Neon signs are a dying art, but one man is keeping the Vancouver night bright.
In Bending Light, Vancouver-based filmmaker Stray Matter takes a look at the work of Andrew Hibbs. Hibbs is the owner and operator of Endeavour Neon, one of the handful of companies in Vancouver still making neon signs.
Hibbs spent years watching his father hand bend neon out of their home garage. At 13, he began pumping signs – filling them with the reactant gasses that give the signs their light and colour – beginning a career that is still going strong 16 years later.
“I always liked to work with my hands. Ever since I was young I would always go fix stuff, would always be working on something,” he says. “This is all hands on. Everything is done by hand. Nothing is bent by machines or anything.”
Hibbs’ work can be seen all over Vancouver, including the “Time is Precious” sign in Gastown, the sign at the Vogue Theatre, a white neon flower installation at the TELUS Gardens, and many, many others. Hibbs’ work can come from anywhere; he recently completed a piece for a local woman who lives above the Main Street McDonald’s.
“Randomly at four in the morning she’ll hear ‘may I help you?’, so she wanted ‘may I help you?’ on the wall above her TV,” he says.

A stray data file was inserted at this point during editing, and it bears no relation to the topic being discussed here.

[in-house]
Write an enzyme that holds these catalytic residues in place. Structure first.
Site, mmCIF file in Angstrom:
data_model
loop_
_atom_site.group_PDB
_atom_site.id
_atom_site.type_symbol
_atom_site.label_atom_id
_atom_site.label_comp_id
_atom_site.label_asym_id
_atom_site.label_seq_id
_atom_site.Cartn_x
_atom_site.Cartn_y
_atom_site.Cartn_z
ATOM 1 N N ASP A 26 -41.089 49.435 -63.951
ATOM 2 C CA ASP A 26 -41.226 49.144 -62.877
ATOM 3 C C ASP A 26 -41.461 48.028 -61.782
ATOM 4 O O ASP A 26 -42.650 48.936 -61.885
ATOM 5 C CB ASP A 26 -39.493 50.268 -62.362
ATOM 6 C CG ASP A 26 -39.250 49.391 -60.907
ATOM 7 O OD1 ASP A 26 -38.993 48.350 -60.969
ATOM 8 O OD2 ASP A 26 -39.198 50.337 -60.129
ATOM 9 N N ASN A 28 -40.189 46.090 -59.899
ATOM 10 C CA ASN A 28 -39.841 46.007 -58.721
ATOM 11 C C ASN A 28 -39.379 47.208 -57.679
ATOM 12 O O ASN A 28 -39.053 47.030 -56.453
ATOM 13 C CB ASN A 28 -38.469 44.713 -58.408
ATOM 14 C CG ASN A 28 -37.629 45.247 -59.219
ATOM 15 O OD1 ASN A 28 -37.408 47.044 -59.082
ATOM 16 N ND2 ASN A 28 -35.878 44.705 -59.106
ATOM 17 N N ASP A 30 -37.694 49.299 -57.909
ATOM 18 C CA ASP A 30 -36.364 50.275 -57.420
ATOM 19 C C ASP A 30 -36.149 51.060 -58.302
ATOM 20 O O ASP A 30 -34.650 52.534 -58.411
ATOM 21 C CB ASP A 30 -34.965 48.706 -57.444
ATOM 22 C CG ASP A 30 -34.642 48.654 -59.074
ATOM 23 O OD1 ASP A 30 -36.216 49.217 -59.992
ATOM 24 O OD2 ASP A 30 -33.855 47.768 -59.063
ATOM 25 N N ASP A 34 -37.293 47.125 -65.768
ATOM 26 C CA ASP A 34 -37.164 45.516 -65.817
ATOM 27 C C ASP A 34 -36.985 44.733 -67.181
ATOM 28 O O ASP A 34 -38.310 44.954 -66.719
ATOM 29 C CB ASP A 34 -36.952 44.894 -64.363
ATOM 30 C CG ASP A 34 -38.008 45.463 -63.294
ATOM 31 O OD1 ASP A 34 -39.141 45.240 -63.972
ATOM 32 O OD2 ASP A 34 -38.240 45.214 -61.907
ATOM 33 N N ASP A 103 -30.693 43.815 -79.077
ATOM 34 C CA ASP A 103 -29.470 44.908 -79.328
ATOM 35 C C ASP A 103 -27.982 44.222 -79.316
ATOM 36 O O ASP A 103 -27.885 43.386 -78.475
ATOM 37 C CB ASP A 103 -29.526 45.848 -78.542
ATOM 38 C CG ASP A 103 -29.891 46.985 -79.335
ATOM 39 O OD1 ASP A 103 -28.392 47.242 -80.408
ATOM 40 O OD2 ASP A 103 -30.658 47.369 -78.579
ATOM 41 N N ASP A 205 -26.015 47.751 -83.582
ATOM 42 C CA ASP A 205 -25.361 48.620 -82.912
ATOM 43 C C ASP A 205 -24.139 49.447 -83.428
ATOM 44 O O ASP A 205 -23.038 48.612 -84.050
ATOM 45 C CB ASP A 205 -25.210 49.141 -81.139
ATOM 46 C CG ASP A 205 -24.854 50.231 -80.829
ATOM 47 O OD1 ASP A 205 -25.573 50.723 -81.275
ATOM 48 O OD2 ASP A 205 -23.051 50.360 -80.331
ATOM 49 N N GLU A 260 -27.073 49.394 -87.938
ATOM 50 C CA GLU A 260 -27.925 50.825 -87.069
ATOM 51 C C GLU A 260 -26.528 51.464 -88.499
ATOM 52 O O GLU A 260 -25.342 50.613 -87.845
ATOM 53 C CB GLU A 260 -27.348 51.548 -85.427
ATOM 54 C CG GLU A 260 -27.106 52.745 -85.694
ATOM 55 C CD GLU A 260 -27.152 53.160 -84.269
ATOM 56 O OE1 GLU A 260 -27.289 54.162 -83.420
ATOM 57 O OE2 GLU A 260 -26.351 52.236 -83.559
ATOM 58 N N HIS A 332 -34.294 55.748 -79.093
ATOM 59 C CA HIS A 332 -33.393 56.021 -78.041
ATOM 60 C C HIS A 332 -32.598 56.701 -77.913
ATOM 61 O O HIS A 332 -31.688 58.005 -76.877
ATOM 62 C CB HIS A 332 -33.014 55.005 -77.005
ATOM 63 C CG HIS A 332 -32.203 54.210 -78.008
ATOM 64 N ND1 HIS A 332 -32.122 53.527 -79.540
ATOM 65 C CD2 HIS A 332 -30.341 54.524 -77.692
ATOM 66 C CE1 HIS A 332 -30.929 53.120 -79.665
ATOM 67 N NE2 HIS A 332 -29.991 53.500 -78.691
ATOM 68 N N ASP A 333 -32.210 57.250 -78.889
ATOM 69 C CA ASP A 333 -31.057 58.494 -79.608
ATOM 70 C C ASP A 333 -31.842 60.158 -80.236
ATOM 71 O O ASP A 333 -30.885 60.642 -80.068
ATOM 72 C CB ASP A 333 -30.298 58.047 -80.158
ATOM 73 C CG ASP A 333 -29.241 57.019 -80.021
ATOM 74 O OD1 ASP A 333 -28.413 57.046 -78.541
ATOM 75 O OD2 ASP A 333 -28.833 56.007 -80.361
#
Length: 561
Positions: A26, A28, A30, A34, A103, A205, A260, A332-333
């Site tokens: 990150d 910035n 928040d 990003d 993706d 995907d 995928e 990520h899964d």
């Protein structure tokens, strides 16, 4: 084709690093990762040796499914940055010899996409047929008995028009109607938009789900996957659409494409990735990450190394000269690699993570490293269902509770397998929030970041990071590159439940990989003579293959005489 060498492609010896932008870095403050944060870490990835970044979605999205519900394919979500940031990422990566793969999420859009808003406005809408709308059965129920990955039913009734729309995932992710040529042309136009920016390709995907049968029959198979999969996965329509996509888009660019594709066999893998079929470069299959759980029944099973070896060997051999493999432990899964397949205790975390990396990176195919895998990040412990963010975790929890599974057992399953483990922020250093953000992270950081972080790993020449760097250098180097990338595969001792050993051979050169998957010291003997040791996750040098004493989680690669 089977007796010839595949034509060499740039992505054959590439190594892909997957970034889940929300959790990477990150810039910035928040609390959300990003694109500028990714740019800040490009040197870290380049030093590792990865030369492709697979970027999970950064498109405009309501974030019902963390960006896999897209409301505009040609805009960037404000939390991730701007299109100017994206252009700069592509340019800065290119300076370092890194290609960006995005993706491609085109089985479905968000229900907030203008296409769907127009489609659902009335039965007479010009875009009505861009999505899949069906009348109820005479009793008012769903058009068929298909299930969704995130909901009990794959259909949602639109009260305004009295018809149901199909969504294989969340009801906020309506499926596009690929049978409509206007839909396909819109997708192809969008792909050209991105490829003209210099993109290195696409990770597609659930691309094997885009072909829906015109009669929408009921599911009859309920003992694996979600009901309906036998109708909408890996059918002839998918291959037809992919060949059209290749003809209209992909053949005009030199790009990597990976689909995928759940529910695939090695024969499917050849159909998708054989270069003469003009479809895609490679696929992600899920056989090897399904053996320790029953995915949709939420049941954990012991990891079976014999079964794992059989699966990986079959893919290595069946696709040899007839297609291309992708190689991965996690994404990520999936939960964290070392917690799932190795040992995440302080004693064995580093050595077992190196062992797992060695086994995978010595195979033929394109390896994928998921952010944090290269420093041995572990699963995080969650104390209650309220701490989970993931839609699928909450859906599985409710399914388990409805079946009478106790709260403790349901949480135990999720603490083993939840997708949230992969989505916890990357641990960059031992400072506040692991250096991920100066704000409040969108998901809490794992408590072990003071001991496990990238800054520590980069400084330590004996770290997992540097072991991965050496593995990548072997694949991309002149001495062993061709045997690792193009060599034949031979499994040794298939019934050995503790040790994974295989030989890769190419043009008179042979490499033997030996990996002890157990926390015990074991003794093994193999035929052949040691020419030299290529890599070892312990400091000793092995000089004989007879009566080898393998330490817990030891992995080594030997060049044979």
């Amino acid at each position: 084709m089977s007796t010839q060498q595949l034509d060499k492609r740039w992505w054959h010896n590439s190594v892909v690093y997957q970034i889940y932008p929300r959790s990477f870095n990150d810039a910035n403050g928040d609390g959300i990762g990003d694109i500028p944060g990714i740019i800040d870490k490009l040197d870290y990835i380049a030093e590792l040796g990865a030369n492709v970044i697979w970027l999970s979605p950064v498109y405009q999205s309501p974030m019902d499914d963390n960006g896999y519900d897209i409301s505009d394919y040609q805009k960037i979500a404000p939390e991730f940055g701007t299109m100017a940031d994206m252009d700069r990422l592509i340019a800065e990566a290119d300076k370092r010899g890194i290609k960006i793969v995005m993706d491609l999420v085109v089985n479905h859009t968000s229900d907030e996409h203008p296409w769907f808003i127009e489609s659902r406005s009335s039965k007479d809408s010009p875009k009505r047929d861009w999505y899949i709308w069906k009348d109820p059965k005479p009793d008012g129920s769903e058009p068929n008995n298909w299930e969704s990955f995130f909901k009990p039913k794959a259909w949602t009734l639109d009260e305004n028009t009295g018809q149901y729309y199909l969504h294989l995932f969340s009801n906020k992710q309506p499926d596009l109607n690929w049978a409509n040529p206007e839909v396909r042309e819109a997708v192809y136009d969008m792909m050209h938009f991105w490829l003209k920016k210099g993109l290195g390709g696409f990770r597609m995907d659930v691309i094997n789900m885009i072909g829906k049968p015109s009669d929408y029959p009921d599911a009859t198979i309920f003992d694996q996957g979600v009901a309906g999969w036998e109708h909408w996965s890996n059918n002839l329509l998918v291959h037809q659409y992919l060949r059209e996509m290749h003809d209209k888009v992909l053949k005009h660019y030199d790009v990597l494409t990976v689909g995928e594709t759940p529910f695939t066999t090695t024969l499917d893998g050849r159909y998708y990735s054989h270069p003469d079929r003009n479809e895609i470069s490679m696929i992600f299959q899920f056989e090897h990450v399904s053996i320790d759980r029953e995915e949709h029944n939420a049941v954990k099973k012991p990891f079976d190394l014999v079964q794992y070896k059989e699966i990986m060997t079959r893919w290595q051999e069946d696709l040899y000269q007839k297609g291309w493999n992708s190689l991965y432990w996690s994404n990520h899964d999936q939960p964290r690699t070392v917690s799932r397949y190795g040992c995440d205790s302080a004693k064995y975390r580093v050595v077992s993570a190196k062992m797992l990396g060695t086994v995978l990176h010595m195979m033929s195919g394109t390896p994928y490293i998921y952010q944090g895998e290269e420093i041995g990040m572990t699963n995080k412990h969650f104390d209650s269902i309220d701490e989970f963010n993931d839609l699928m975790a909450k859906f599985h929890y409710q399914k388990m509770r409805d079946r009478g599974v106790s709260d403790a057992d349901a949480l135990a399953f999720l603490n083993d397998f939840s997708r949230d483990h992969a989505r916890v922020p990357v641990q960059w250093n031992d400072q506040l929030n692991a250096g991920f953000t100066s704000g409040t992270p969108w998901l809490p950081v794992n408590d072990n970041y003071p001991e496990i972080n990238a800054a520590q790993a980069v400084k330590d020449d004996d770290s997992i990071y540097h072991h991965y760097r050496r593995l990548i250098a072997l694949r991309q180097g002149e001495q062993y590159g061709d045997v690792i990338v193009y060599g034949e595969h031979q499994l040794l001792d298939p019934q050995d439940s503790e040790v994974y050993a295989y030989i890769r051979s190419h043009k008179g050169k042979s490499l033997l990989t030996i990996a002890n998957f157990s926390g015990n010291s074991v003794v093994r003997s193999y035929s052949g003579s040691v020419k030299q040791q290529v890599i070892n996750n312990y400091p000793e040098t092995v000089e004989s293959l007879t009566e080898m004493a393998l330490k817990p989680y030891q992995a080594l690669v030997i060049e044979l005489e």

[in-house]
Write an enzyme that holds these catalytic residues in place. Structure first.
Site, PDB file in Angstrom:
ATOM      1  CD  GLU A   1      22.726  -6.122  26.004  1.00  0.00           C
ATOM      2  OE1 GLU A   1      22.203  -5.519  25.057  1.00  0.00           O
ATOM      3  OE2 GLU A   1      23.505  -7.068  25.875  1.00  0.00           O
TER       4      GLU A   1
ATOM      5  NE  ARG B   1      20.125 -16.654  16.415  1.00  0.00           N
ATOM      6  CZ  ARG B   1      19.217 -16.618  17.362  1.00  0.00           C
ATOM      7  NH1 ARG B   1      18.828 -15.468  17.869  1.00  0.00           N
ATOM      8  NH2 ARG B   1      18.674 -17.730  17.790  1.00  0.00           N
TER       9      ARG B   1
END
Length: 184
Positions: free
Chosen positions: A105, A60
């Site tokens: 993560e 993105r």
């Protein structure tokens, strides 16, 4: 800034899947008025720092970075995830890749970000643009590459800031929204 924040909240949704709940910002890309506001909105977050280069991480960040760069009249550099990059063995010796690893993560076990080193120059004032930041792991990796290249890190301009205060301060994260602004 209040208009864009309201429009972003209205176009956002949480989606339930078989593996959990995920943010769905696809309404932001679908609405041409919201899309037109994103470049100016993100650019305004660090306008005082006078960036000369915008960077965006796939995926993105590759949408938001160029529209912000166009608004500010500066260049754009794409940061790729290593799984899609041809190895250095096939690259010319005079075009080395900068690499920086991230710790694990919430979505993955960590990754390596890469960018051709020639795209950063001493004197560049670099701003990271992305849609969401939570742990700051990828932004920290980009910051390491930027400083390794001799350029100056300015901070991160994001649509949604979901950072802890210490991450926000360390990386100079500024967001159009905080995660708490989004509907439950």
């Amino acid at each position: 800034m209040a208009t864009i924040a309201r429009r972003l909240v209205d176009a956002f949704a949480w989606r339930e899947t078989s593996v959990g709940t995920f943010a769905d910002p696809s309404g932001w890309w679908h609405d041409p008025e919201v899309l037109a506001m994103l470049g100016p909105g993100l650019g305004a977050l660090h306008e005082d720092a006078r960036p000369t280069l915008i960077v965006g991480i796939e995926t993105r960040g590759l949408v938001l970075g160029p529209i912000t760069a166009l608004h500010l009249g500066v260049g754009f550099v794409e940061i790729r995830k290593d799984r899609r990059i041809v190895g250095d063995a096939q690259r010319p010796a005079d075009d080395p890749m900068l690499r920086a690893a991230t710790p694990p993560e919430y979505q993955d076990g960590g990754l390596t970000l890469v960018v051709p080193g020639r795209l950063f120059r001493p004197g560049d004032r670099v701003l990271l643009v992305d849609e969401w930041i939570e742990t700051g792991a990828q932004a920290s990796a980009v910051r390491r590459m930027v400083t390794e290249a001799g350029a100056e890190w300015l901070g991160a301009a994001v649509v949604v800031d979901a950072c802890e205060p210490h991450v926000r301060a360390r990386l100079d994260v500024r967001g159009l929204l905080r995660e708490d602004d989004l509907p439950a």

“That’s my favourite thing,” he adds. “Being able to see the final piece. You get all different colours, but the tubes are all white before they light up. You bend it all, and it takes hours and hours to do. So you’re working on this thing for a week, and you finally start putting it together, seeing it come to shape. Before it was just somebody’s idea.”
Hibbs is one of approximately four neon benders in the city, and the pool is shrinking as his colleagues retire. He says the patience and dedication needed is keeping prospective benders out of the game.
“People don’t want to learn it because it just takes so many years,” he says.
Even after 13 years of bending neon, Hibbs still considers even himself a student.
“It takes a long time to learn. I’m still learning, still getting better,” he says. “You never perfect it. It’s not a perfect science, but that’s what makes it fun. There’s always something different.”
As a practitioner of a dying art, Hibbs says he hopes he can find someone in the future with the temperment needed to pursue neon.
“I’ve had some people, not many, ask if they can work with me,” he says. “[My dad] wanted to start a school back in the day, but there wasn’t enough interest. Hopefully someone will come in and intern with me. It takes a lot of patience and a lot of time. I need somebody like that.”
The time and effort, to hear Hibbs say it, is well worth it.
“It can be really frustrating sometimes. You get a whole unit back and have to crack or break on you, and you have to start all over again,” he says.
“It can be really tough and really challenging, but I love it.”